Free at Last
by Ayodele Morocco-Clarke
The whip descended again and again with vicious ferocity, slicing through the air with the swift precision of a well primed Swiss chronograph. Mama tried to escape the onslaught. In her haste, she tripped over a side stool, then over the coffee table. And Papa, like a lion which had a springbok it intended to devour within its grasp, kept on top of her, following her as she fled out to the landing.
Abandoning the whip, he resorted to using his fist. The last blow he threw lifted Mama at least one foot in the air, propelling her over the top step. Her arms shot out instinctively, trying desperately to clutch at anything – the banister, Papa, anything – that would stop her from going over.
You will forever be haunted by the final look in her eyes. The tormented yet terrified eyes that were almost swollen shut in her battered face.
There was blood, but not like in the movies. It trickled thinly down both nostrils branching out on both sides of her face. But there was considerably more that seeped out from somewhere underneath her head where her skull had caved in, fanning out on the marble floor until it formed a map; a map that charted the story of her journey as an abused wife.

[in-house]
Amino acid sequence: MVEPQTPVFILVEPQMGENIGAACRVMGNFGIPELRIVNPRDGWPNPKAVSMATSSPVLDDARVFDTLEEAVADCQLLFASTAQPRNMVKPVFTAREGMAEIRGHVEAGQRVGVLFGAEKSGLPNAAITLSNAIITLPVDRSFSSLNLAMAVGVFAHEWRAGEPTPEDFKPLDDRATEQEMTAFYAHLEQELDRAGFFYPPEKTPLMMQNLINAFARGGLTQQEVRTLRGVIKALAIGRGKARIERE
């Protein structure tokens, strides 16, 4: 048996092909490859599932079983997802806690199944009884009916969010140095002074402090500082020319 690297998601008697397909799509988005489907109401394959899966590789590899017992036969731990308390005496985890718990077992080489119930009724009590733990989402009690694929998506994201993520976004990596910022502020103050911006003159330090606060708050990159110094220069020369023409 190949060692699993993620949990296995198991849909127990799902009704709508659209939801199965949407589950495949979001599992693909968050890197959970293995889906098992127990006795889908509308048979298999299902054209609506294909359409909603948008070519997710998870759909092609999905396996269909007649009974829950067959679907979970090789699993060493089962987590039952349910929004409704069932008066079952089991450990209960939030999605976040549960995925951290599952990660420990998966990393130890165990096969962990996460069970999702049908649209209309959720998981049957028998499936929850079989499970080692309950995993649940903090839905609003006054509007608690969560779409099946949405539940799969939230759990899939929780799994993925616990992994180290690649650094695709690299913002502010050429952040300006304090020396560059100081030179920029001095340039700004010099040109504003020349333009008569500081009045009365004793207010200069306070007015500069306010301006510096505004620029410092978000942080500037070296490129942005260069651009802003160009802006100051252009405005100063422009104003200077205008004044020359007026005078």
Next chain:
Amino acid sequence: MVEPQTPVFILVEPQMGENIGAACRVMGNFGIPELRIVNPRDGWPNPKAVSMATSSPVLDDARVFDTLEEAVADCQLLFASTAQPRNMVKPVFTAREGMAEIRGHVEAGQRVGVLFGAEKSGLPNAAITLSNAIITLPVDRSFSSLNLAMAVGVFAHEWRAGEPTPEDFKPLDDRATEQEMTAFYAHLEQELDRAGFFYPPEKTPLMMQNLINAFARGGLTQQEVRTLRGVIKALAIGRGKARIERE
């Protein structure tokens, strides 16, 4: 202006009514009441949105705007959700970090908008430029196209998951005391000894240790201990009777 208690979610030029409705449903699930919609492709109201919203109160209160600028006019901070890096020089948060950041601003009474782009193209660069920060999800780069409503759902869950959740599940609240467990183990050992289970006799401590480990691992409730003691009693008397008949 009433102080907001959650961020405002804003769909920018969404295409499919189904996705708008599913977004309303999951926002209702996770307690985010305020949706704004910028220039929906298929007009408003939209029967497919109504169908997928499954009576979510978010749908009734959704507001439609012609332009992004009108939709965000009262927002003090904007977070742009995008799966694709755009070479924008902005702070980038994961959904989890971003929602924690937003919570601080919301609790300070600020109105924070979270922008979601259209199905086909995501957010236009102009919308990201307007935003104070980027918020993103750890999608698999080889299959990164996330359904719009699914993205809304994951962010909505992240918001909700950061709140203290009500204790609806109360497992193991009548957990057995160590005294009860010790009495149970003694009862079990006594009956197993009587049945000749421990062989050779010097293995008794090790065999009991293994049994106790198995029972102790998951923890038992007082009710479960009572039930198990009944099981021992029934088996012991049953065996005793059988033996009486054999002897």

A map which spelled out her death.
And now you feel her spirit soaring high above the clouds, like a beautiful bird in flight. She is free. Free at last.
(Ayodele Morocco-Clarke is a Nigerian lawyer and writer of mixed heritage who has a passion for literature. She is the editor-in-chief of Critical Literature Review [http://criticalliteraturereview.blogspot.com/] and her written works have appeared in Author Africa 2009, Hackwriters (a University of Portsmouth magazine), Sphere Literary Magazine, Saraba Magazine, Storytime and Author-Me. She also has work forthcoming in Mimi Magazine, Saraba Magazine, The Anthology of Immigrant Writing and African Roar [2010 short story anthology, co-published by Lion Press and StoryTime]. Ayodele hopes to publish an anthology of short fiction soon and is currently working on her first novel.)